Meanwhile, I do need to cough pretty strongly to keep my airway clear of mucous. If I don’t I really wheeze. Alternatives are swabbing it out or using suction to clear it. But, both of those options really make me cough uncontrollably and deeply. Respiratory Therapy came in and decided that we should try suction. I warned them that making me cough hard resulted in agony. What I did not warn them about (because I did not yet know this) was that coughing hard would also make me loose all control of my hemorrhoid-ridden zone.

Sure enough, they poked the suction line too deep and I started coughing, probably crying, and most definitely pooping. It is the only time (well, that I know of) that I have been grateful that I have no sense of smell (well, the sense is there, but since I have no airflow through my nose, odors never make it to the sensors). Oh what fun. Well, at least it allowed me a trip to the shower (while the nurse and tech took care of the aftermath). Came back to clean bedding, and another dose of Dilaudid.

This happened twice more (with a bit more control, so a lot less mess) before I learned not to mess with my airway until about 10 minutes after a shot of Dilaudid to moderate the pain and cough. I had an idea that the doctors allowed…provide me with a numbing spray (benzocaine, in this case) that I could spray into my airway before messing with it. The caveats were that, a) since the area would be numb, I should be very careful not to injure myself, and b) if I did injure my airway even a little, I would likely have a horrible extended coughing fit when the numbness wore off. Believe me, I was very careful. This worked! I had no further problems after doing this.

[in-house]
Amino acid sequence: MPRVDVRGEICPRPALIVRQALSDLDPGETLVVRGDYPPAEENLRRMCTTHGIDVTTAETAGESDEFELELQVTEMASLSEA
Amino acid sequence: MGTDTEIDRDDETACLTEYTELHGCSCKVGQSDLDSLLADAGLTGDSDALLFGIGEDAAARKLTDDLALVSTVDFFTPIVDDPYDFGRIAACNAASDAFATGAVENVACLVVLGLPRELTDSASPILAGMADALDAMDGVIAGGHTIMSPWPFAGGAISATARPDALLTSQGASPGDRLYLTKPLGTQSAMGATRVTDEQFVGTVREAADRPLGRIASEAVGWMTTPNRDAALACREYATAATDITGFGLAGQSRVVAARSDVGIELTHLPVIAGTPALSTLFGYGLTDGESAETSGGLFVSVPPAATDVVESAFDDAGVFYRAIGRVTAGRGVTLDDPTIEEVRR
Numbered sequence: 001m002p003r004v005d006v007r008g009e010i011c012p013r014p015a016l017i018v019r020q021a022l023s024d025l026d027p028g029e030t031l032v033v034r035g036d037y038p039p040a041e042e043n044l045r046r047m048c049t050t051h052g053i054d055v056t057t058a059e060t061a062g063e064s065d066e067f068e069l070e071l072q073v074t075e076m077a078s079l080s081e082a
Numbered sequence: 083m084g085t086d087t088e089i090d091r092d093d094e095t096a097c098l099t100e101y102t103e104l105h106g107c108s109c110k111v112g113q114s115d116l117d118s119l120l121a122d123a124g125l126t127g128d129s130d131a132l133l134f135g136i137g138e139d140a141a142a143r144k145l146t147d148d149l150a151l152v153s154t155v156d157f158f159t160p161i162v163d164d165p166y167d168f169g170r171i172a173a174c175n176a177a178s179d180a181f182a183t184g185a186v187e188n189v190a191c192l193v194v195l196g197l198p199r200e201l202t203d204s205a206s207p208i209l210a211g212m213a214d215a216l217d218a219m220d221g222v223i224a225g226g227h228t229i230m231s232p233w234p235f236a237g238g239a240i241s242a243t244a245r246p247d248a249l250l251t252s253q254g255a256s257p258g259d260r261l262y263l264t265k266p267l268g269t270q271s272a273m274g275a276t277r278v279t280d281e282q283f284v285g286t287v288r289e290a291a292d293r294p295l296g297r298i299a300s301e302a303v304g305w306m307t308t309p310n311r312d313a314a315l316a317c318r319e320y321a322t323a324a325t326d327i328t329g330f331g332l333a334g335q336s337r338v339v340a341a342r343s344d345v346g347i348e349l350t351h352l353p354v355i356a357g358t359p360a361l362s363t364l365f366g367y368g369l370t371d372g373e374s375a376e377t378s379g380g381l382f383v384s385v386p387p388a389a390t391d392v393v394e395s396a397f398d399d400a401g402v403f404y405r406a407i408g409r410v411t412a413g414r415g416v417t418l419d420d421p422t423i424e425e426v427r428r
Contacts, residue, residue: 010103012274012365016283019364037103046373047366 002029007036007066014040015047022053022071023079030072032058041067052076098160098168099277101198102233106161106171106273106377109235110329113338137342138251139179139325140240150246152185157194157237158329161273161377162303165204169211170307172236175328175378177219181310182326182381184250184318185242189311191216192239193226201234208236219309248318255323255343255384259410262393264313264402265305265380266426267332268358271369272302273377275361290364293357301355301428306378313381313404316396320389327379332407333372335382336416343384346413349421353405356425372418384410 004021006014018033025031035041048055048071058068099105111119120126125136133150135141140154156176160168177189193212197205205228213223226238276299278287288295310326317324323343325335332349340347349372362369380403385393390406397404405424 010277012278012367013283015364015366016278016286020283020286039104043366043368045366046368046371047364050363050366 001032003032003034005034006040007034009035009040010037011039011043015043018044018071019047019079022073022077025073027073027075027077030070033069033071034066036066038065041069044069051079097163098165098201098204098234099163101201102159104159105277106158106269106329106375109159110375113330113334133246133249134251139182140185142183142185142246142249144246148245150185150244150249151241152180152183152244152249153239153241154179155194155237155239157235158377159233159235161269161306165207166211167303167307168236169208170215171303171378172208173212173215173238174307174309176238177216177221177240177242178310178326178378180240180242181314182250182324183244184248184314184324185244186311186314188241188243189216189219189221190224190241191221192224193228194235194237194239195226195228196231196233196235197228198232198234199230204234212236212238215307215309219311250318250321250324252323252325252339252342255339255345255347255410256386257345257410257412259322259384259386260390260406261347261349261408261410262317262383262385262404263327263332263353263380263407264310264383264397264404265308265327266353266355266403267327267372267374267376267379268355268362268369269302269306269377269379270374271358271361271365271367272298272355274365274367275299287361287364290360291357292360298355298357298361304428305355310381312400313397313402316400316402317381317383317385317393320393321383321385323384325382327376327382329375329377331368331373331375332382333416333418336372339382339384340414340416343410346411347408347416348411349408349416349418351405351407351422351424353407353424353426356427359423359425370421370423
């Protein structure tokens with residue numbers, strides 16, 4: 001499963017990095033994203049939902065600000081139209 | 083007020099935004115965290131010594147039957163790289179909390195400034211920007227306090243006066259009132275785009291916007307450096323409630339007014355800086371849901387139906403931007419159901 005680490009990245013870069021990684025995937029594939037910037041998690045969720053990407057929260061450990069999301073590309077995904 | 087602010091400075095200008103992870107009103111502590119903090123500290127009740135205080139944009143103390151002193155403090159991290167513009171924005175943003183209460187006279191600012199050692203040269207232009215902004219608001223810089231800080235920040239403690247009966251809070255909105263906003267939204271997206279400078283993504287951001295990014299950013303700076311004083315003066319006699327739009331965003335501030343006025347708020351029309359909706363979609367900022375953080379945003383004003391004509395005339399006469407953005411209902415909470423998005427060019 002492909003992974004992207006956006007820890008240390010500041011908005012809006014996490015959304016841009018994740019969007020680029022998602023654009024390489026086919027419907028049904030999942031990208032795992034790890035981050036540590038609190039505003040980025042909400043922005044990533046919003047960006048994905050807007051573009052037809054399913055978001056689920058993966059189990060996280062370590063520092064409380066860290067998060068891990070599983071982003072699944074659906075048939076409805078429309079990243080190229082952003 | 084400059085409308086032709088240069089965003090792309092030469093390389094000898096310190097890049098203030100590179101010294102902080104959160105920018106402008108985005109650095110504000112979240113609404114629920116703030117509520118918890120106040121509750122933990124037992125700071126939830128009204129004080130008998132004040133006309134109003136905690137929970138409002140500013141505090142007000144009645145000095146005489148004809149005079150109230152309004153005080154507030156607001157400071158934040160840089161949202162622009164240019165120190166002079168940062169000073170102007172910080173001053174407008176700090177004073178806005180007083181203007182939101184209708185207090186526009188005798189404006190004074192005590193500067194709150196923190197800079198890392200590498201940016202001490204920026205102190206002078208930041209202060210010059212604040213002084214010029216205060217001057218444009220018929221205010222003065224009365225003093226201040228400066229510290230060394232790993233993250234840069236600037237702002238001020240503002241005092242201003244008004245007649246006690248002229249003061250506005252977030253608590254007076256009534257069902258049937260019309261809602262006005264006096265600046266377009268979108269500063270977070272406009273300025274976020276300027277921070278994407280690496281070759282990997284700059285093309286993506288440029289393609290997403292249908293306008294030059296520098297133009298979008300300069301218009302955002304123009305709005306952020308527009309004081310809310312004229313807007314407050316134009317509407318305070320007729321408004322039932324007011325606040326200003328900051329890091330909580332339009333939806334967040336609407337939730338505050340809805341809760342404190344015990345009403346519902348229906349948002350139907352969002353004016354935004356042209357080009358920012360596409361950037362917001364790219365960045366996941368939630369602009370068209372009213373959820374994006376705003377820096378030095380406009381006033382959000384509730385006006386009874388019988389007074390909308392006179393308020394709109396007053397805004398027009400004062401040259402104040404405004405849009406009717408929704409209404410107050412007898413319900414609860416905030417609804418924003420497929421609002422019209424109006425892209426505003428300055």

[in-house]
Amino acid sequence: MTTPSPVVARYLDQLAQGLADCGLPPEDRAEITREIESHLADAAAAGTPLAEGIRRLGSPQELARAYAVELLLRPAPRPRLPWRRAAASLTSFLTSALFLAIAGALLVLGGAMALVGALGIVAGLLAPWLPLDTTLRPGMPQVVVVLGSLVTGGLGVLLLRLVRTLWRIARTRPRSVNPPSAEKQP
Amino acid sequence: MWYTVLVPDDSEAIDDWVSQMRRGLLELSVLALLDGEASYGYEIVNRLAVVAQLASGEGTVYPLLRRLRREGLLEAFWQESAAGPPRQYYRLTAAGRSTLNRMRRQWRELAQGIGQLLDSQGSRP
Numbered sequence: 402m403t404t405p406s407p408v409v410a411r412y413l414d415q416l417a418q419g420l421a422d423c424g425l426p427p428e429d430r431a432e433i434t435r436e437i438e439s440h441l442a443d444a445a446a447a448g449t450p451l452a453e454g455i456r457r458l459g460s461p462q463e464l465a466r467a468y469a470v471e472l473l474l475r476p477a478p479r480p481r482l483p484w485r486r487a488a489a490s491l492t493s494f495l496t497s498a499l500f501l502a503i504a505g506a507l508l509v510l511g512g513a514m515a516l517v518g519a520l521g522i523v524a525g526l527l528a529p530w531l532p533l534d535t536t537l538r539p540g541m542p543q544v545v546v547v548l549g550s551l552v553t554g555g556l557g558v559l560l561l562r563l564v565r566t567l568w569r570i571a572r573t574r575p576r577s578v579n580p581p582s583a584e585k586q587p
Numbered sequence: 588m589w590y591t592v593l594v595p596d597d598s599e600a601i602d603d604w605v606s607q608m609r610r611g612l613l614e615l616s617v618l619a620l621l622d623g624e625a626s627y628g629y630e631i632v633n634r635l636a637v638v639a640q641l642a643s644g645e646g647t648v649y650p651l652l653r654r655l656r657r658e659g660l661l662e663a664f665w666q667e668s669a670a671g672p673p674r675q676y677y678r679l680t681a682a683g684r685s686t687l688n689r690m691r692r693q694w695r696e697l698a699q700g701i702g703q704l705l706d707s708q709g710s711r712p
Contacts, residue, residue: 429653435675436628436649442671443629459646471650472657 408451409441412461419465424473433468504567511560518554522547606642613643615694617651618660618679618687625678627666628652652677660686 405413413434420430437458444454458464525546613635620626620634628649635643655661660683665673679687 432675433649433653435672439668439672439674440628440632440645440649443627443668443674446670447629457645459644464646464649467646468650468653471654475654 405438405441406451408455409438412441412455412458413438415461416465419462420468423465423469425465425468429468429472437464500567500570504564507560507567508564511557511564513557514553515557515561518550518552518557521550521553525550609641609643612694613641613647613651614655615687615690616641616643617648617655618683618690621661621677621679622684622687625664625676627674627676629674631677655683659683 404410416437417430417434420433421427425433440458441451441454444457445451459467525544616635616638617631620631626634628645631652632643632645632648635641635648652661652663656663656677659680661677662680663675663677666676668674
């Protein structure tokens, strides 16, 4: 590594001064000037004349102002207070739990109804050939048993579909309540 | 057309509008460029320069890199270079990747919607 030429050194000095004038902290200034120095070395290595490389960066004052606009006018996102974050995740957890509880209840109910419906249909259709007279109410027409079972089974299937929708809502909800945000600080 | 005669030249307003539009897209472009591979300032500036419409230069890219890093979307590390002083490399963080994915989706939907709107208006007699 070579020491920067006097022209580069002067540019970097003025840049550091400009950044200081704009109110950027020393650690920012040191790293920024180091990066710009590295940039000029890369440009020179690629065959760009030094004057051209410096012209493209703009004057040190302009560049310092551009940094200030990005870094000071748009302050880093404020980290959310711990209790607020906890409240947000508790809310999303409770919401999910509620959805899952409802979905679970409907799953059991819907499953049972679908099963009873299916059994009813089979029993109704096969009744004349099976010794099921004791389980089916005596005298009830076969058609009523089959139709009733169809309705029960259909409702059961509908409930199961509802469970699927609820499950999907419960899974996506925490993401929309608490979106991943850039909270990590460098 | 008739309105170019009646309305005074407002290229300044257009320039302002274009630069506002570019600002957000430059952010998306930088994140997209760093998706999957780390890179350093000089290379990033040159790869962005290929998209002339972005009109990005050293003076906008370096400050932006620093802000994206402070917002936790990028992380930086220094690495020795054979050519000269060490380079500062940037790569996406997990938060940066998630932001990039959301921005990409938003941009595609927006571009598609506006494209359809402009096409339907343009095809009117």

Wednesday all departments finally decided that any surgical intervention of any kind was definitely off the table. So, I should have been allowed to start eating. But, one of the teams insisted that I have a swallow study before being allowed to eat. I asked why. The reason was, they didn’t read my entire chart (which, admittedly, must be novel-sized at this point). They were worried about risk of aspirating my food. What??!! I calmly (well, maybe not so calmly) explained that there was no connection between my mouth and my airway. The only way for me to aspirate food was for me to uncap my airway, take a bite and chew, then let the chewed food dribble down my neck into my stoma. I hope I am years away from being in that condition.

So, then they said I could have soft foods. Again, What!!??. I’ve been eating any- and everything for a month, now I need to start eating pap? They relented and allowed that I could eat whatever I wanted.

So, I ordered food. But, nothing tastes good, I seem to fill up quickly and, honestly, didn’t feel that much like eating in the first place. Appetite is in the basement. But, I tried to get down what I could several times a day.

Late on Wednesday, they decided that I should get a catheter, to be sure that urine wasn’t stranding in my bladder (which could have also caused the possible infected fluid behind the kidney stone to back up and cause sepsis). Fine, what is one more hose at this point.

Throughout, the hemorrhoid situation, basically left untreated, didn’t get any better. After each trip to the toilet, I had to use the shower for hygiene. Now, I say “basically untreated” but I did have 2% Lidocaine and a steroid/lidocaine mix (could only apply every 5 hours) to use to apply to the area. They helped, some, with the pain.

On Thursday, they started giving me shots to boost my neutrophil production. By Saturday, neutrophils were back to being on the low side of normal, and I hadn’t had a fever in a couple fo days.

On Friday, I talked them into stepping the Lidocaine to a 5% strength. That was a bit more help. Biggest trigger for the pain (other than cough) was going to the toilet. I would warn the nurse so that she would have the Dilaudid ready to shoot when I got back to the bed.

Anyone who has seen me in the hospital knows that as soon as I feel well enough to move around, I put on street clothes and move to the couch. It is telling, then, that this trip I never sat on the couch. And, because of the potential for accidents, wore only my hospital gown with nothing underneath. This, up to the hour before I was discharged.